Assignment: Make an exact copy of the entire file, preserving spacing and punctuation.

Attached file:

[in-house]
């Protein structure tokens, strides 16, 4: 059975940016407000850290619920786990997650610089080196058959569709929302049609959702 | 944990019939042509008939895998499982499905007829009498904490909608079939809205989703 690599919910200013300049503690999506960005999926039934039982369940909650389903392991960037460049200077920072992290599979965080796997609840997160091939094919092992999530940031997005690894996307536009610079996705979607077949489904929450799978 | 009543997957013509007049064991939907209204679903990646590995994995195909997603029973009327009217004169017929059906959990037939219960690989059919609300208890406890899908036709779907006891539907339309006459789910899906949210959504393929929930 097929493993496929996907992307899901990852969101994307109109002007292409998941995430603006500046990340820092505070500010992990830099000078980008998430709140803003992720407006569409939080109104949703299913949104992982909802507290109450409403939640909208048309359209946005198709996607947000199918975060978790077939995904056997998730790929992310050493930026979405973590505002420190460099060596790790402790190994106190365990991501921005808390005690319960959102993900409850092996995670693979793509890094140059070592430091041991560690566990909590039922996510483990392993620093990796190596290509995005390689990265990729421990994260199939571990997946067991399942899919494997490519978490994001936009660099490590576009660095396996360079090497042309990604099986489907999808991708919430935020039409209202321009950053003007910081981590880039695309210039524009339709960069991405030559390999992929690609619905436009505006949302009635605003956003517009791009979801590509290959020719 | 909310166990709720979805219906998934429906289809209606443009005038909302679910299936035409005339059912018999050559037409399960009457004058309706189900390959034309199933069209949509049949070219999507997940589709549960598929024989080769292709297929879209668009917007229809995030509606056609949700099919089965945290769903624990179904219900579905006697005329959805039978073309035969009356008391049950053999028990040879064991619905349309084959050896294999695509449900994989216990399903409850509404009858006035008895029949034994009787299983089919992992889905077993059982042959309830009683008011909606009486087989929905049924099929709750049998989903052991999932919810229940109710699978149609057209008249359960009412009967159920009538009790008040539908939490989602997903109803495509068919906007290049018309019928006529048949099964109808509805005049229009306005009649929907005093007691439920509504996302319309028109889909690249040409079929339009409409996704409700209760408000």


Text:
[in-house]
């Protein structure tokens, strides 16, 4: 059975940016407000850290619920786990997650610089080196058959569709929302049609959702 | 944990019939042509008939895998499982499905007829009498904490909608079939809205989703 690599919910200013300049503690999506960005999926039934039982369940909650389903392991960037460049200077920072992290599979965080796997609840997160091939094919092992999530940031997005690894996307536009610079996705979607077949489904929450799978 | 009543997957013509007049064991939907209204679903990646590995994995195909997603029973009327009217004169017929059906959990037939219960690989059919609300208890406890899908036709779907006891539907339309006459789910899906949210959504393929929930 097929493993496929996907992307899901990852969101994307109109002007292409998941995430603006500046990340820092505070500010992990830099000078980008998430709140803003992720407006569409939080109104949703299913949104992982909802507290109450409403939640909208048309359209946005198709996607947000199918975060978790077939995904056997998730790929992310050493930026979405973590505002420190460099060596790790402790190994106190365990991501921005808390005690319960959102993900409850092996995670693979793509890094140059070592430091041991560690566990909590039922996510483990392993620093990796190596290509995005390689990265990729421990994260199939571990997946067991399942899919494997490519978490994001936009660099490590576009660095396996360079090497042309990604099986489907999808991708919430935020039409209202321009950053003007910081981590880039695309210039524009339709960069991405030559390999992929690609619905436009505006949302009635605003956003517009791009979801590509290959020719 | 909310166990709720979805219906998934429906289809209606443009005038909302679910299936035409005339059912018999050559037409399960009457004058309706189900390959034309199933069209949509049949070219999507997940589709549960598929024989080769292709297929879209668009917007229809995030509606056609949700099919089965945290769903624990179904219900579905006697005329959805039978073309035969009356008391049950053999028990040879064991619905349309084959050896294999695509449900994989216990399903409850509404009858006035008895029949034994009787299983089919992992889905077993059982042959309830009683008011909606009486087989929905049924099929709750049998989903052991999932919810229940109710699978149609057209008249359960009412009967159920009538009790008040539908939490989602997903109803495509068919906007290049018309019928006529048949099964109808509805005049229009306005009649929907005093007691439920509504996302319309028109889909690249040409079929339009409409996704409700209760408000």